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Kind of like eating at Grandma's
Curious that, at first glance, The Brick Tavern Inn is not made of bricks.
When it was built in 1818, the old inn was indeed constructed of bricks fired of local clay on-site, as the story goes. But sometime in the parade of owners over close to two centuries, those bricks were covered with plaster. Now they're apparent only inside where some of the original walls have been exposed.
What an appropriate metaphor for this restaurant near Quakertown, purchased in July 2005 by Louis and Kimberly Bates. Just as the bricks of the Brick Tavern Inn lie hidden within, so it goes with this restaurant's promise.
Soon the deep autumn orange trim that sets off the exterior plaster will be taken back to its original colonial blue, our server told us with pride. A new deck for outdoor dining should be ready by spring, and the menu is undergoing refinement as well.
On a recent weekend night, few tables were empty. No wonder, considering the good food, fine service and homey atmosphere. The decor could benefit from updating, but I tire of trendiness. A meal here is a bit like having Sunday dinner at your grandmother's.
Executive Chef Louis Bates, who hung his toque most recently at Quakertown's Red Lion Inn, labels his cuisine ''continental.'' A graduate of Philadelphia's Restaurant School, he apprenticed at Le Bec Fin and has cooked at Bally's Atlantic City as well as the Cock 'n Bull Restaurant in Peddler's Village.
Bates' well-balanced menu offers about two dozen entrees, plus a handful of pasta dishes. In addition to several steaks, there are basics like veal chop, grilled pork loin, lamb porterhouse and duck breast with Bing cherry sauce.
Seafood selections showcase other cuisines: for example, ahi tuna coated with black and white sesame seeds, served with Asian slaw, wasabi aioli and pickled ginger; and New England cod encrusted with scallion breadcrumbs, served with mango salsa.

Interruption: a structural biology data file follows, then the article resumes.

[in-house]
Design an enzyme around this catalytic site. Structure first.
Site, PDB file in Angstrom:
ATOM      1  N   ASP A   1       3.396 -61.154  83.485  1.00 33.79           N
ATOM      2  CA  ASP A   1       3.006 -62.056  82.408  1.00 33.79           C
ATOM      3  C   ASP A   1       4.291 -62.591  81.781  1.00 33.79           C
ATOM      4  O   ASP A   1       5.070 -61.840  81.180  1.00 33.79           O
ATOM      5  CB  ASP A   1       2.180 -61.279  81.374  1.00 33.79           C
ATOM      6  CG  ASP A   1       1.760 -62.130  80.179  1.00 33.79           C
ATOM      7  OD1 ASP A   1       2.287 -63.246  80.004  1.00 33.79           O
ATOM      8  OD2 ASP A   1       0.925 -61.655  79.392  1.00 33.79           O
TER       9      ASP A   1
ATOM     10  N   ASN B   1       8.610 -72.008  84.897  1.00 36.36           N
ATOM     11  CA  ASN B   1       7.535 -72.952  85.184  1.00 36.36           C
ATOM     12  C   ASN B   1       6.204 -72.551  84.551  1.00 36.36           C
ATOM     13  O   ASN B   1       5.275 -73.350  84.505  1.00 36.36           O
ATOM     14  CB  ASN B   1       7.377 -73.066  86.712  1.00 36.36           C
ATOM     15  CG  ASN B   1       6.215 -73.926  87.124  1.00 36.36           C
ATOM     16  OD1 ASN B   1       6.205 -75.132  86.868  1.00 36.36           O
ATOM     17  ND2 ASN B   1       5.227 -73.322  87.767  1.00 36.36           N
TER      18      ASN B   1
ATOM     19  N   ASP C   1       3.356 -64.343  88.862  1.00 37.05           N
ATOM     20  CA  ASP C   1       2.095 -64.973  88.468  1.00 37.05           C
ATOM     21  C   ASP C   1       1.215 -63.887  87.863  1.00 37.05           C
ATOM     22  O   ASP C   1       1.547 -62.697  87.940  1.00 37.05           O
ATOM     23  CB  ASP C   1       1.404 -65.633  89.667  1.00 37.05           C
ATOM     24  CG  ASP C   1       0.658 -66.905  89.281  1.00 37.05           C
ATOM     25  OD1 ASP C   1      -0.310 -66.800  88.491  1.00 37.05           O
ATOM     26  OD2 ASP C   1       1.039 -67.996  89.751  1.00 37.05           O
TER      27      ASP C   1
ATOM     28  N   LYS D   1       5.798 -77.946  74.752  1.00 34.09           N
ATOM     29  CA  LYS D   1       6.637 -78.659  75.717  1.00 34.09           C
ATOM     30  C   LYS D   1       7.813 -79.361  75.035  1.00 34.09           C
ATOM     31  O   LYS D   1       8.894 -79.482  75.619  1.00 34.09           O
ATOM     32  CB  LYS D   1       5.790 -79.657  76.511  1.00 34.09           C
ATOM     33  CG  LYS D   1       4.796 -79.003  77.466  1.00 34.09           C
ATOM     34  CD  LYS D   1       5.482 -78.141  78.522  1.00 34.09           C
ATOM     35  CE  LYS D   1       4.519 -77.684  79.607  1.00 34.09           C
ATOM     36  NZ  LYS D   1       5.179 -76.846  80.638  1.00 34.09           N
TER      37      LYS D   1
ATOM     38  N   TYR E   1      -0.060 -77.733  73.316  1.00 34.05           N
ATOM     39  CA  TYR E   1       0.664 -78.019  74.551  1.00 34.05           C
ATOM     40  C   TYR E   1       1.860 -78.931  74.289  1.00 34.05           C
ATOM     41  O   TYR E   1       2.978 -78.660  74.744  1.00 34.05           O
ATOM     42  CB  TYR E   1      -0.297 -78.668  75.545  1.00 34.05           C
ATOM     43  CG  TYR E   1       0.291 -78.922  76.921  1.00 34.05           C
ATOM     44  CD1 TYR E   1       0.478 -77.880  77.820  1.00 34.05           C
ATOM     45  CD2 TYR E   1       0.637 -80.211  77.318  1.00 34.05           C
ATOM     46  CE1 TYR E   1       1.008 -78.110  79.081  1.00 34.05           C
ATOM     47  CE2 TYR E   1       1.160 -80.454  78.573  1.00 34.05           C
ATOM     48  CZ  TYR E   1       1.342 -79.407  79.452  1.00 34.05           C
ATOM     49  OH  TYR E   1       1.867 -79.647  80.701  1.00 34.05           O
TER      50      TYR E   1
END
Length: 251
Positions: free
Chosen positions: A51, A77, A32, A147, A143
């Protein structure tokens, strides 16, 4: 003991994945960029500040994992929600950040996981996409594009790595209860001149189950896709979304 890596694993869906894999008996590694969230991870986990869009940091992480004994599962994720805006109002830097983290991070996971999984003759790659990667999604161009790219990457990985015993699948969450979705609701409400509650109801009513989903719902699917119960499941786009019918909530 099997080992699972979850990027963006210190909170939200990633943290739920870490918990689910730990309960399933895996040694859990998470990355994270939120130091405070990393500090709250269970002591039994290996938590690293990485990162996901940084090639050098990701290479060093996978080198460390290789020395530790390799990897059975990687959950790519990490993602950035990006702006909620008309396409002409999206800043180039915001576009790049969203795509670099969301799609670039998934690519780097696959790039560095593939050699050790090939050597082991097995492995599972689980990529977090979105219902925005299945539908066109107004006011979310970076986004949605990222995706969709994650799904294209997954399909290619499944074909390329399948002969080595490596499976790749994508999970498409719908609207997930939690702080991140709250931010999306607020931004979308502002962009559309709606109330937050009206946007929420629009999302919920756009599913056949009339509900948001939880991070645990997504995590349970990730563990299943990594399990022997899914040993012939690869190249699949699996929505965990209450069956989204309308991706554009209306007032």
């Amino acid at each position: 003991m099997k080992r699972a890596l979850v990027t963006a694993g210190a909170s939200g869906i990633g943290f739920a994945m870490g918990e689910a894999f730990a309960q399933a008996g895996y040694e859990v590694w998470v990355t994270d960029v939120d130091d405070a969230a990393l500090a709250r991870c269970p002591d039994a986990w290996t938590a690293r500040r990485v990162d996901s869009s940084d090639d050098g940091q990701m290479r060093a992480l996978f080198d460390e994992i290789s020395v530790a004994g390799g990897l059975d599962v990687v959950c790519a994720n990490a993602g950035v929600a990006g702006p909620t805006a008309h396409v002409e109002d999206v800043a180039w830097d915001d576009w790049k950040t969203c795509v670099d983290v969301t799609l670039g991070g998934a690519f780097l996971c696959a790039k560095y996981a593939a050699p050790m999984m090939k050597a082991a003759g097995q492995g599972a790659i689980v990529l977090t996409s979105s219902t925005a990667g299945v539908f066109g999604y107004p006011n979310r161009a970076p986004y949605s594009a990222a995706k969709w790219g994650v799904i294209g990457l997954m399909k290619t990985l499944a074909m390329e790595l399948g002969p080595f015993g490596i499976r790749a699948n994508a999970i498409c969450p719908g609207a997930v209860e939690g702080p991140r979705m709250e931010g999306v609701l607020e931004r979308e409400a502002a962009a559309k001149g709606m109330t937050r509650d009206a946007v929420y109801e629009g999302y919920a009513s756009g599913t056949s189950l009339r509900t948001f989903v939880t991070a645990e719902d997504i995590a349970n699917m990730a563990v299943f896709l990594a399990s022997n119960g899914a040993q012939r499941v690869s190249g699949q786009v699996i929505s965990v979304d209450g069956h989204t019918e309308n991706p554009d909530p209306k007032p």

The menu's description of the crab cakes (''99 percent lump crab baked golden'') tantalized, so we ordered the appetizer portion and shared. A promise fulfilled, the crab cake was thick with succulent, sweet meat, minimally seasoned so the pure flavor was unencumbered.
Not as successful was the accompanying mango remoulade; I couldn't find a hint of tropical fruitiness in this sauce and didn't care for the flavor I did find. A wonderful slaw, however, made up it. Chunky and crunchy pieces of carrot, red onion, red pepper, sprouts and romaine in an Asian-inspired dressing brought brilliant flavor to the cakes.
Dinner salads were a cut above the usual and the house dressing champagne vinaigrette was lovely, with a crisp flavor that intensified the vegetables' tastes and textures. So intriguing was salmon and fresh spinach lasagna layers of fresh salmon, spinach, wild mushrooms and fresh mozzarella with vodka cream sauce that I threw caution to the wind to order it (betting on news reports of safe spinach entering the food stream). Disappointed, however, I picked a second choice.
Linguine and sweet Italian sausage was a good stand-in. Caramelized shallots and onions added depth to slices of sweet Italian sausage, tomato and mushrooms tossed with pasta in white wine cream sauce. A garnish of fresh Locatelli Pecorina Romano cheese added a touch of sharpness.
Too interesting to overlook was veal Stockholm sauteed medallions with fresh dill, cucumber and sour cream demiglace and a savory chestnut brown sauce. Italian mashed potatoes were mildly seasoned; carrot matchsticks delivered color and crunch.
Temptations such as crème brulee cheesecake with fresh raspberry sauce and Kentucky Bourbon pie challenged a disciplined diner, although I was disappointed to learn desserts are not made in-house. We sampled apple galette with vanilla ice cream, which turned out to be rather standard.
Susan Gottshall is a freelance restaurant reviewer for Go Guide. Gottshall, who tells it like it is, attempts to remain anonymous during restaurant visits. All meals are paid for by The Morning Call.
Linda O'Connell, Assistant
Managing Editor, Features